Yale Day of Service 2019

Each year, Yale Day of Service acts as a celebration of service, of giving back and making a difference. On Saturday, May 11, alumni, family, and friends came out to service sites across the country and around the world to continue this tradition.

In all, 2,500 volunteers are expected to participate in Yale Day of Service in 2019, in roughly 15 countries, nearly all 50 states, and at approximately 225 service sites. And while May 11 served as the official 2019 Yale Day of Service, many service events started earlier this spring and many more will be held in the months ahead.

“Yale has long had a strong tradition of service, and we see that affirmed each year during our annual Day of Service,” said Yale Alumni Association Executive Director Weili Cheng ’77, who took part in a service project at KIPP DC, a college prep charter school in Washington, D.C. “It really is an incredible day – both to give back to the local community and to celebrate service as an integral part of a Yale education and the Yale alumni experience.”

The 2019 service projects ran the gamut. Food pantries from Sarasota to San Jose and from Bulgaria to Boston hosted Day of Service volunteers, while alumni in London and the Bronx worked with refugee populations in need. Farms, parks, beaches, and rivers were all the beneficiaries of cleanup efforts in places like Maryland, Miami, Cape Town, and the Netherlands. And students from Seattle, New Haven, and Washington received career advice, homework help, college prep, and more. There was even a tandem bike ride project for the blind in New York City.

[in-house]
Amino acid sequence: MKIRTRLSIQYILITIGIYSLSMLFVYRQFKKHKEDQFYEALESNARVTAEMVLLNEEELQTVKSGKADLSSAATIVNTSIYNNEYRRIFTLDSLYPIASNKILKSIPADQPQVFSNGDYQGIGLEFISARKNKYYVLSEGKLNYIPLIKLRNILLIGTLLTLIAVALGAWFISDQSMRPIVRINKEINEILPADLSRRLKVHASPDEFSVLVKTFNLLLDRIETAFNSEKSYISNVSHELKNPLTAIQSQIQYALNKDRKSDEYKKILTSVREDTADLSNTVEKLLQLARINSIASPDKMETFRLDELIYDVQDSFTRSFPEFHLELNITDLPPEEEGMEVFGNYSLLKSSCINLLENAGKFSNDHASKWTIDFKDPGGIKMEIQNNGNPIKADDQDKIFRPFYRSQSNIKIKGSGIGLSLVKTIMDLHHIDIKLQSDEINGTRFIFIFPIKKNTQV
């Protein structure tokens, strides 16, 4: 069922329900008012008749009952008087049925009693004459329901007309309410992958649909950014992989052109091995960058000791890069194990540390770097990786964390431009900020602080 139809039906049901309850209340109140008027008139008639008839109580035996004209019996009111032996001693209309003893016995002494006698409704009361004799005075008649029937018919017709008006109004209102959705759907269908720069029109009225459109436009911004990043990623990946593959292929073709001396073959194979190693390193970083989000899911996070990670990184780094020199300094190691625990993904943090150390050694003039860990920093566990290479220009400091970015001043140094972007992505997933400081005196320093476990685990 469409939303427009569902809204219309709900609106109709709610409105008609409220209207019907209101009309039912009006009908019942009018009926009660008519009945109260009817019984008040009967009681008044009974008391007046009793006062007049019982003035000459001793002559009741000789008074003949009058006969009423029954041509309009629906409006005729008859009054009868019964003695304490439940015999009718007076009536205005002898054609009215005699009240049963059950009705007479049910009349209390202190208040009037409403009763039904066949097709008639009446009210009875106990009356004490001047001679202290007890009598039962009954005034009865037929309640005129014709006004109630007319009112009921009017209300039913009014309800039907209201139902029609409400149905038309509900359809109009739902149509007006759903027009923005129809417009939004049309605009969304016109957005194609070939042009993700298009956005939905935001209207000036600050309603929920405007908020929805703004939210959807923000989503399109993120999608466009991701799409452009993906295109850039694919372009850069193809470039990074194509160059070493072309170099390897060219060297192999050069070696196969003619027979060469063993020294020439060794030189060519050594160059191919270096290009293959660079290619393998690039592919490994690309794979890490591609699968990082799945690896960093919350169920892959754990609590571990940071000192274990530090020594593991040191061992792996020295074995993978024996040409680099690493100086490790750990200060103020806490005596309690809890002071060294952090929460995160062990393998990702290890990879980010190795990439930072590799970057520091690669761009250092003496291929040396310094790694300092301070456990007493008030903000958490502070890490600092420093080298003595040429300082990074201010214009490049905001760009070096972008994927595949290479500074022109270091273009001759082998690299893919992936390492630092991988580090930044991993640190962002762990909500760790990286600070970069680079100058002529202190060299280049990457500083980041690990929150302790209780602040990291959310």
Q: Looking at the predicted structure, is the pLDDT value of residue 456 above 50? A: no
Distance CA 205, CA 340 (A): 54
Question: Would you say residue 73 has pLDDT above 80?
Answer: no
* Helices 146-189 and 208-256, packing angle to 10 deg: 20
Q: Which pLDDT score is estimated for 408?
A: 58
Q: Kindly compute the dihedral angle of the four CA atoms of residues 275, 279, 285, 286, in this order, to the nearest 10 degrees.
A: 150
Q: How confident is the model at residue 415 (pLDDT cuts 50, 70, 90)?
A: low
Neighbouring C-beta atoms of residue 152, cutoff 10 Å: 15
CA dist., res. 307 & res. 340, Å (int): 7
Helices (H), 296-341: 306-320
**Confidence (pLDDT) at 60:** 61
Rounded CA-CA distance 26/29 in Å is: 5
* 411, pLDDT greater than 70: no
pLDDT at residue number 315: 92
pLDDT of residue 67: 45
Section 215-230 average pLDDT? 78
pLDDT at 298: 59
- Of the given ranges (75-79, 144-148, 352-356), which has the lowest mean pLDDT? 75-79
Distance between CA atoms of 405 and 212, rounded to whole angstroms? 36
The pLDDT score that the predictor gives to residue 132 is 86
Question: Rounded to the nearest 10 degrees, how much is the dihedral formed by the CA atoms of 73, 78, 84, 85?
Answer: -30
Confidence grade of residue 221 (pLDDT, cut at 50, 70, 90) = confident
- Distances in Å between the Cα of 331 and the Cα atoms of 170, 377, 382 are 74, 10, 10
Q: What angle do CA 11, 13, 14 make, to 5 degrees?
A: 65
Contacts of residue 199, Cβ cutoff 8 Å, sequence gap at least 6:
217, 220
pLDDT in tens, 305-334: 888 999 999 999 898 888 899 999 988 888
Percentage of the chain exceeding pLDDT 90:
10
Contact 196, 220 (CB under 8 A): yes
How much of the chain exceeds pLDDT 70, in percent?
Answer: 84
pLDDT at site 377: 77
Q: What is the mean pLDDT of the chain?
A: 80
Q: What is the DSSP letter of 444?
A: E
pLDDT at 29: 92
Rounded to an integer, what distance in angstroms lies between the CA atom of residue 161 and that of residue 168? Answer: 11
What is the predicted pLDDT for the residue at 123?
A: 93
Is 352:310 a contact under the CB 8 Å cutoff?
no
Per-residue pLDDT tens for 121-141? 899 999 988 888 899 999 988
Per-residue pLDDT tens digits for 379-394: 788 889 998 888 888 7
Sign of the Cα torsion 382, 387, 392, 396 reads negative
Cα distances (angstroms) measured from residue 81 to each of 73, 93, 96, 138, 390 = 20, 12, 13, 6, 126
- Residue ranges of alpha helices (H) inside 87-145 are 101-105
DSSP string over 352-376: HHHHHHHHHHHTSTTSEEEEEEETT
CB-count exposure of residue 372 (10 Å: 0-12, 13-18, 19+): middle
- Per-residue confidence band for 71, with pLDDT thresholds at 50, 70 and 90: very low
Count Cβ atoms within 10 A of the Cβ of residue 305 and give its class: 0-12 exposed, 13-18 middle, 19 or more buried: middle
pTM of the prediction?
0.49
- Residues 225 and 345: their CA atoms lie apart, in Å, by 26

As always, Yale Day of Service was especially active in New Haven, with more than 25 projects registered in and around the Elm City. That includes the Newborns in Need event hosted by the Yale School of Nursing, in partnership with the Working Women’s Network, the Yale Child Study Center, the Yale Latino Networking Group, Yale Department of Pediatrics, and YaleWomen CT, which drew close to 150 volunteers, and six events around the area spearheaded by the Yale School of Public Health.

“This is a marvelous tradition that brings the School of Public Health into the community for projects in which we can be of use,” said School of Public Health Dean Sten Vermund. “One day does not transform New Haven, but it is an appreciated gesture of commitment that underscores the YSPH ethos of service.”

For 2019, Day of Service added three new local partners in the Yale Police Department, WorkLife Yale, and the United Way of Greater New Haven. And Yale Veterans were active in the area as well, hosting a Day of Service event in partnership with the Eastern Blind Rehabilitation Service of VA Connecticut Health System.

“It’s incredible how Yale alumni come together like this, and truly inspiring to see the energy and enthusiasm that Yalies around the globe bring to Yale Day of Service each year,” said Matt Meade ’87, who serves alongside Elvira Duran ’05 as alumni co-chair of Day of Service, working with a team of regional coordinators to create service opportunities. “It’s a unique opportunity to meet classmates and make new friends while pursuing a cause that has tangible, meaningful benefits for everyone involved.”